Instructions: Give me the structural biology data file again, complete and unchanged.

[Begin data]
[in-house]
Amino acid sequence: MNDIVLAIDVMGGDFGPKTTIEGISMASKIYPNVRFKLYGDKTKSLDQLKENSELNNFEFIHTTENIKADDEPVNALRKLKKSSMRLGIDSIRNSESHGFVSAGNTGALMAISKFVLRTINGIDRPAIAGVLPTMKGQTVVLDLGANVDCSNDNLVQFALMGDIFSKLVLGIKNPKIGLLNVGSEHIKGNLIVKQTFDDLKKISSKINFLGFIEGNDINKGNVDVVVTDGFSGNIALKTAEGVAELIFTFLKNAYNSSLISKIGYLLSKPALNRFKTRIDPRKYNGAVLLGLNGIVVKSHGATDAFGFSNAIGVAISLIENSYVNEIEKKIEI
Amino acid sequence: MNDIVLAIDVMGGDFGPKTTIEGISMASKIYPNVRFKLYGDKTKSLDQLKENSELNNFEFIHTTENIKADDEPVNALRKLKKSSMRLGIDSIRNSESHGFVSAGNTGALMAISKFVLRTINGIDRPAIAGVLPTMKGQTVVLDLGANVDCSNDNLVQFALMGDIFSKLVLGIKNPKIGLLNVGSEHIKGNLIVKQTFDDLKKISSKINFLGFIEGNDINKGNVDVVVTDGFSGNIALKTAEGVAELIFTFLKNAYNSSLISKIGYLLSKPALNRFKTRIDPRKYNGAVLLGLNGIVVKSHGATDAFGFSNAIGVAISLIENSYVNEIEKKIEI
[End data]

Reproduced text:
[in-house]
Amino acid sequence: MNDIVLAIDVMGGDFGPKTTIEGISMASKIYPNVRFKLYGDKTKSLDQLKENSELNNFEFIHTTENIKADDEPVNALRKLKKSSMRLGIDSIRNSESHGFVSAGNTGALMAISKFVLRTINGIDRPAIAGVLPTMKGQTVVLDLGANVDCSNDNLVQFALMGDIFSKLVLGIKNPKIGLLNVGSEHIKGNLIVKQTFDDLKKISSKINFLGFIEGNDINKGNVDVVVTDGFSGNIALKTAEGVAELIFTFLKNAYNSSLISKIGYLLSKPALNRFKTRIDPRKYNGAVLLGLNGIVVKSHGATDAFGFSNAIGVAISLIENSYVNEIEKKIEI
Amino acid sequence: MNDIVLAIDVMGGDFGPKTTIEGISMASKIYPNVRFKLYGDKTKSLDQLKENSELNNFEFIHTTENIKADDEPVNALRKLKKSSMRLGIDSIRNSESHGFVSAGNTGALMAISKFVLRTINGIDRPAIAGVLPTMKGQTVVLDLGANVDCSNDNLVQFALMGDIFSKLVLGIKNPKIGLLNVGSEHIKGNLIVKQTFDDLKKISSKINFLGFIEGNDINKGNVDVVVTDGFSGNIALKTAEGVAELIFTFLKNAYNSSLISKIGYLLSKPALNRFKTRIDPRKYNGAVLLGLNGIVVKSHGATDAFGFSNAIGVAISLIENSYVNEIEKKIEI